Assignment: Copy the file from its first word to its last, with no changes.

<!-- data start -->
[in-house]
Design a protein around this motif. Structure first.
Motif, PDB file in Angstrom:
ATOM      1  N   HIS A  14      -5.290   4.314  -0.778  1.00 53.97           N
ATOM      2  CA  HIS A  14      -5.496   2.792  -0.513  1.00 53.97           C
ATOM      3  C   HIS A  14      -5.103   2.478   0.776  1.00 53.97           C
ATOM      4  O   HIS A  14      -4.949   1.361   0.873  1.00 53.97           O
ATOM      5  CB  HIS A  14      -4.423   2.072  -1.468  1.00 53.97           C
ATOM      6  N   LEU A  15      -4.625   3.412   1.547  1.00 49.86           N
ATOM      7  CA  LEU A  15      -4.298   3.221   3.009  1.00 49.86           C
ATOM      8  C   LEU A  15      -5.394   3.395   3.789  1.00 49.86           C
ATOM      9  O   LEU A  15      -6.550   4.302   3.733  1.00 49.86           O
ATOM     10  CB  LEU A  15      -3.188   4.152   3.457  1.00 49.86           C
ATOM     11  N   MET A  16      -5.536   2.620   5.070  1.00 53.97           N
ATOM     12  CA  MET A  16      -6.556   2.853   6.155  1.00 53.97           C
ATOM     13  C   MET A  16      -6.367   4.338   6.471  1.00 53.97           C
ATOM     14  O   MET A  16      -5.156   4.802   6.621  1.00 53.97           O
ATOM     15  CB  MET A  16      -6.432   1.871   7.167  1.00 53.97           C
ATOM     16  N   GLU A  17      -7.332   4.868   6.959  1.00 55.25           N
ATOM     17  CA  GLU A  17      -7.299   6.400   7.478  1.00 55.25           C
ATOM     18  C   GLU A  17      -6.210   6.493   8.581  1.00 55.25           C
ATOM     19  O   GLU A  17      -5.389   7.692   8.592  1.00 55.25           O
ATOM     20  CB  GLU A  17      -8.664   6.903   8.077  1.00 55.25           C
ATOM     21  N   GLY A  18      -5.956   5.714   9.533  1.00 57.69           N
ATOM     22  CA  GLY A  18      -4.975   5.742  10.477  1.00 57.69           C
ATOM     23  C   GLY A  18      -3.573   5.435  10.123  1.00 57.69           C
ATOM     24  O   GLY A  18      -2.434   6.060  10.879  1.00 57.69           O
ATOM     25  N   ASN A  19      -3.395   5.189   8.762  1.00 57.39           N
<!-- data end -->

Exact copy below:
[in-house]
Design a protein around this motif. Structure first.
Motif, PDB file in Angstrom:
ATOM      1  N   HIS A  14      -5.290   4.314  -0.778  1.00 53.97           N
ATOM      2  CA  HIS A  14      -5.496   2.792  -0.513  1.00 53.97           C
ATOM      3  C   HIS A  14      -5.103   2.478   0.776  1.00 53.97           C
ATOM      4  O   HIS A  14      -4.949   1.361   0.873  1.00 53.97           O
ATOM      5  CB  HIS A  14      -4.423   2.072  -1.468  1.00 53.97           C
ATOM      6  N   LEU A  15      -4.625   3.412   1.547  1.00 49.86           N
ATOM      7  CA  LEU A  15      -4.298   3.221   3.009  1.00 49.86           C
ATOM      8  C   LEU A  15      -5.394   3.395   3.789  1.00 49.86           C
ATOM      9  O   LEU A  15      -6.550   4.302   3.733  1.00 49.86           O
ATOM     10  CB  LEU A  15      -3.188   4.152   3.457  1.00 49.86           C
ATOM     11  N   MET A  16      -5.536   2.620   5.070  1.00 53.97           N
ATOM     12  CA  MET A  16      -6.556   2.853   6.155  1.00 53.97           C
ATOM     13  C   MET A  16      -6.367   4.338   6.471  1.00 53.97           C
ATOM     14  O   MET A  16      -5.156   4.802   6.621  1.00 53.97           O
ATOM     15  CB  MET A  16      -6.432   1.871   7.167  1.00 53.97           C
ATOM     16  N   GLU A  17      -7.332   4.868   6.959  1.00 55.25           N
ATOM     17  CA  GLU A  17      -7.299   6.400   7.478  1.00 55.25           C
ATOM     18  C   GLU A  17      -6.210   6.493   8.581  1.00 55.25           C
ATOM     19  O   GLU A  17      -5.389   7.692   8.592  1.00 55.25           O
ATOM     20  CB  GLU A  17      -8.664   6.903   8.077  1.00 55.25           C
ATOM     21  N   GLY A  18      -5.956   5.714   9.533  1.00 57.69           N
ATOM     22  CA  GLY A  18      -4.975   5.742  10.477  1.00 57.69           C
ATOM     23  C   GLY A  18      -3.573   5.435  10.123  1.00 57.69           C
ATOM     24  O   GLY A  18      -2.434   6.060  10.879  1.00 57.69           O
ATOM     25  N   ASN A  19      -3.395   5.189   8.762  1.00 57.39           N